One of the most important steps in securing an IP telephony server is installing all the applicable product or component security updates and then making sure that they are kept up to date. Cisco provides three types of updates for the Cisco IP Telephony Operating System:
An IP telephony server must be used for IP telephony purposes only. The server should not be used as a common file server that stores user data or has user applications, such as Microsoft Office products, installed on it. File-share access has to be limited to the absolute minimum needed (for instance, to access log files and generate reports). Strict file access control has to be deployed, and auditing of network file access should be enabled. This practice also eliminates the need to add user accounts to the server; only administrator and auditor accounts should exist. If network file access is not needed at all, it should be disabled to enhance the security of the server.
The more services that are running on a server, the more likely it is that vulnerabilities can be exploited by an attacker. To minimize this risk, only the services that are needed should be activated. Many services that are not needed have already been disabled in the Cisco hardened version of the Microsoft Windows 2000 Server operating system.
To make Cisco CallManager even more secure, Cisco provides additional security scripts and information on how to protect the Cisco IP Telephony Operating System against common threats.
Do not install any other application on the servers unless it is approved software, such as Cisco Security Agent or antivirus products. A hardened IP telephony server has to be stripped down to run only the services and applications that are needed for its operation.
IP Telephony Operating System Security Scripts
Cisco IP Telephony Operating System 2.6 and later includes scripts and information guides on additional security settings. These security guides and scripts provide additional security settings beyond those that are installed by default in the Cisco IP Telephony Operating System. The settings in the optional security script have not been included by default and are not intended for all customers to use. When planning to use the optional security script, consider these points:
Applying the optional security script can destroy collocated applications, such as Cisco IPCC Express, Cisco IP IVR, and Cisco IP Queue Manager (IP QM)!
As shown in Figure 20-2, the optional security script and some additional information are available in the C:utilsSecurityTemplates folder.
Figure 20-2. CallManager Security Script Templates
The script file is a batch job that can be started by clicking the CCM-OS-OptionalSecurity.cmd file. Before doing so, read the CCM-OS-OptionalSecurity-Readme.htm file to identify possible issues with applications running on the operating system:
In addition, Cisco has provided an additional security script in the C:utils directory, shown in Figure 20-3. This script is called the IP security filter and will block the fixed Windows 2000 and SQL ports. Read the IPSec-W2KSQL-Readme.htm file for instructions on how to use the IP security filter.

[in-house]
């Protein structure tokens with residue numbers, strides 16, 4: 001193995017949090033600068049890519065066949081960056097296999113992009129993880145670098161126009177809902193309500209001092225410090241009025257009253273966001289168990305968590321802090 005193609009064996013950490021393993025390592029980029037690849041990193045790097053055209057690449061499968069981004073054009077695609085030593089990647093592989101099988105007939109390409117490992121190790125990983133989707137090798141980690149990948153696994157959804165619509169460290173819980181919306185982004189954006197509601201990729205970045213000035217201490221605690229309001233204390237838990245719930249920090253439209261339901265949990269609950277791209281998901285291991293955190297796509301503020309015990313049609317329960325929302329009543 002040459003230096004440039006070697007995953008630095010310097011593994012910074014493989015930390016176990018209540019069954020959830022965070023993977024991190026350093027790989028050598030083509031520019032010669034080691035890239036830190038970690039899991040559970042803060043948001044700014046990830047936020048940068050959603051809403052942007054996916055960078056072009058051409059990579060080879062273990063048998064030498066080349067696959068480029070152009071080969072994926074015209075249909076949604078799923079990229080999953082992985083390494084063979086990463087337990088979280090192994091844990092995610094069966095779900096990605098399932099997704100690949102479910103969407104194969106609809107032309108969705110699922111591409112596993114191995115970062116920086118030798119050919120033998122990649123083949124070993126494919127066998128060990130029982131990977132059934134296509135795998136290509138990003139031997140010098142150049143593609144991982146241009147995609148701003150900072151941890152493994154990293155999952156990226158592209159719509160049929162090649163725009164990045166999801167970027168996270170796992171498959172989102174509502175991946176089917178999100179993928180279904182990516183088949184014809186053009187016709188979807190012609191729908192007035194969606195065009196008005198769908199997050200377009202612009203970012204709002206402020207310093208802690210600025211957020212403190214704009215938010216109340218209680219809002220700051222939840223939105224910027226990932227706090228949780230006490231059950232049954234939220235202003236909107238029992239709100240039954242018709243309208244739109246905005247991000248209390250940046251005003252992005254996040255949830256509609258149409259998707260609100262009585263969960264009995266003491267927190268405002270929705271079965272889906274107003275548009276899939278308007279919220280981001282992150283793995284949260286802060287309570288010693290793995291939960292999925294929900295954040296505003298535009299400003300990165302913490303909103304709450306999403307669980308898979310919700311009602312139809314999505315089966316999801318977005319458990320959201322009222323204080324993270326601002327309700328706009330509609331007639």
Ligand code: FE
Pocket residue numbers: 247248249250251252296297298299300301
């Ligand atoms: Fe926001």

Figure 20-3. CallManager SQL Security Script Template
The security script provides the following benefits:
The name of the IPSec-W2kSQL file has nothing to do with the IPsec virtual private network (VPN) umbrella standard.
To secure the access to file shares, limit access to the absolute minimum number of users who need it, as shown in Figure 20-4. Check the share permissions on all shared folders, for example, the CDR and TFTPPath folders. Avoid assigning share permissions for the Everyone group. You can find detailed information on how to secure file shares in the CCM-OS-OptionalSecurity-Readme guide, located in the folder C:UtilsSecurityTemplates.
Figure 20-4. Managing CallManager Share Permissions
Part I: Cisco CallManager Fundamentals
Introduction to Cisco Unified Communications and Cisco Unified CallManager
Cisco Unified CallManager Clustering and Deployment Options
Cisco Unified CallManager Installation and Upgrades
Part II: IPT Devices and Users
Cisco IP Phones and Other User Devices
Configuring Cisco Unified CallManager to Support IP Phones
Cisco IP Telephony Users
Cisco Bulk Administration Tool
Part III: IPT Network Integration and Route Plan
Cisco Catalyst Switches
Configuring Cisco Gateways and Trunks
Cisco Unified CallManager Route Plan Basics
Cisco Unified CallManager Advanced Route Plans
Configuring Hunt Groups and Call Coverage
Implementing Telephony Call Restrictions and Control
Implementing Multiple-Site Deployments
Part IV: VoIP Features
Configuring User Features, Part 1
Configuring User Features, Part 2
Configuring Cisco Unified CallManager Attendant Console
Configuring Cisco IP Manager Assistant
Part V: IPT Security
Securing the Windows Operating System
Securing Cisco Unified CallManager Administration
Preventing Toll Fraud
Hardening the IP Phone
Understanding Cryptographic Fundamentals
Understanding the Public Key Infrastructure
Understanding Cisco IP Telephony Authentication and Encryption Fundamentals
Configuring Cisco IP Telephony Authentication and Encryption
Part VI: IP Video
Introducing IP Video Telephony
Configuring Cisco VT Advantage
Part VII: IPT Management
Introducing Database Tools and Cisco Unified CallManager Serviceability
Configuring Alarms and Traces
Using Additional Management and Monitoring Tools
Part VIII: Appendix
Appendix A. Answers to Review Questions